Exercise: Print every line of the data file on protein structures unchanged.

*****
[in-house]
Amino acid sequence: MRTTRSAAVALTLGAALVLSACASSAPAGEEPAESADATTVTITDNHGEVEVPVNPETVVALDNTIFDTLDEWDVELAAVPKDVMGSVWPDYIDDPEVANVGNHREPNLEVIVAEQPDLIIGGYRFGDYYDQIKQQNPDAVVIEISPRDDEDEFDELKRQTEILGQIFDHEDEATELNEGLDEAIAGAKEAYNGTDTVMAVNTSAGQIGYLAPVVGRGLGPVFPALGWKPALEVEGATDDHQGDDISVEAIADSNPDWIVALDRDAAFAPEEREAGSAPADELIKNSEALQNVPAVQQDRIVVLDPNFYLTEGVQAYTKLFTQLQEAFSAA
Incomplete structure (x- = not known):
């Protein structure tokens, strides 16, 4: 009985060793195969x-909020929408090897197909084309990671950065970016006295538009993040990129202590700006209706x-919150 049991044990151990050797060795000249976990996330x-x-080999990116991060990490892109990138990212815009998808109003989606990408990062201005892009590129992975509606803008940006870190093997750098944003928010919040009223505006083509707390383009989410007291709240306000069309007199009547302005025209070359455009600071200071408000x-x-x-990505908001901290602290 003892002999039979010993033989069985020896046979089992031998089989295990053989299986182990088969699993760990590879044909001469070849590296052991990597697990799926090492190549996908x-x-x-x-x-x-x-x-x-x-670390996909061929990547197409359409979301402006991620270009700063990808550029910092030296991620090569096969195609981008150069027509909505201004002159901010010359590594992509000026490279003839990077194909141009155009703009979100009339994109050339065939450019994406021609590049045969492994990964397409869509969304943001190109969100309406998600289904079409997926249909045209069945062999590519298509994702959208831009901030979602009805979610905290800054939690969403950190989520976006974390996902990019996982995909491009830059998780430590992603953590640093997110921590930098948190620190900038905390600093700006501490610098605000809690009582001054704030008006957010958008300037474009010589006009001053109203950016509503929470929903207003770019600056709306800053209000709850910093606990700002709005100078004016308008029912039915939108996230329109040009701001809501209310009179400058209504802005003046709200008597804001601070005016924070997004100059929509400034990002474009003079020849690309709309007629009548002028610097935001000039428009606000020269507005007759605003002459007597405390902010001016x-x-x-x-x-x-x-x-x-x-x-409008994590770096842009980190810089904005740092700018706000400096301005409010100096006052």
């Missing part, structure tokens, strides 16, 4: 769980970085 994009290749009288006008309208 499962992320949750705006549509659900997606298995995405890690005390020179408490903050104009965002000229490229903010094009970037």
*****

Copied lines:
[in-house]
Amino acid sequence: MRTTRSAAVALTLGAALVLSACASSAPAGEEPAESADATTVTITDNHGEVEVPVNPETVVALDNTIFDTLDEWDVELAAVPKDVMGSVWPDYIDDPEVANVGNHREPNLEVIVAEQPDLIIGGYRFGDYYDQIKQQNPDAVVIEISPRDDEDEFDELKRQTEILGQIFDHEDEATELNEGLDEAIAGAKEAYNGTDTVMAVNTSAGQIGYLAPVVGRGLGPVFPALGWKPALEVEGATDDHQGDDISVEAIADSNPDWIVALDRDAAFAPEEREAGSAPADELIKNSEALQNVPAVQQDRIVVLDPNFYLTEGVQAYTKLFTQLQEAFSAA
Incomplete structure (x- = not known):
């Protein structure tokens, strides 16, 4: 009985060793195969x-909020929408090897197909084309990671950065970016006295538009993040990129202590700006209706x-919150 049991044990151990050797060795000249976990996330x-x-080999990116991060990490892109990138990212815009998808109003989606990408990062201005892009590129992975509606803008940006870190093997750098944003928010919040009223505006083509707390383009989410007291709240306000069309007199009547302005025209070359455009600071200071408000x-x-x-990505908001901290602290 003892002999039979010993033989069985020896046979089992031998089989295990053989299986182990088969699993760990590879044909001469070849590296052991990597697990799926090492190549996908x-x-x-x-x-x-x-x-x-x-670390996909061929990547197409359409979301402006991620270009700063990808550029910092030296991620090569096969195609981008150069027509909505201004002159901010010359590594992509000026490279003839990077194909141009155009703009979100009339994109050339065939450019994406021609590049045969492994990964397409869509969304943001190109969100309406998600289904079409997926249909045209069945062999590519298509994702959208831009901030979602009805979610905290800054939690969403950190989520976006974390996902990019996982995909491009830059998780430590992603953590640093997110921590930098948190620190900038905390600093700006501490610098605000809690009582001054704030008006957010958008300037474009010589006009001053109203950016509503929470929903207003770019600056709306800053209000709850910093606990700002709005100078004016308008029912039915939108996230329109040009701001809501209310009179400058209504802005003046709200008597804001601070005016924070997004100059929509400034990002474009003079020849690309709309007629009548002028610097935001000039428009606000020269507005007759605003002459007597405390902010001016x-x-x-x-x-x-x-x-x-x-x-409008994590770096842009980190810089904005740092700018706000400096301005409010100096006052």
């Missing part, structure tokens, strides 16, 4: 769980970085 994009290749009288006008309208 499962992320949750705006549509659900997606298995995405890690005390020179408490903050104009965002000229490229903010094009970037």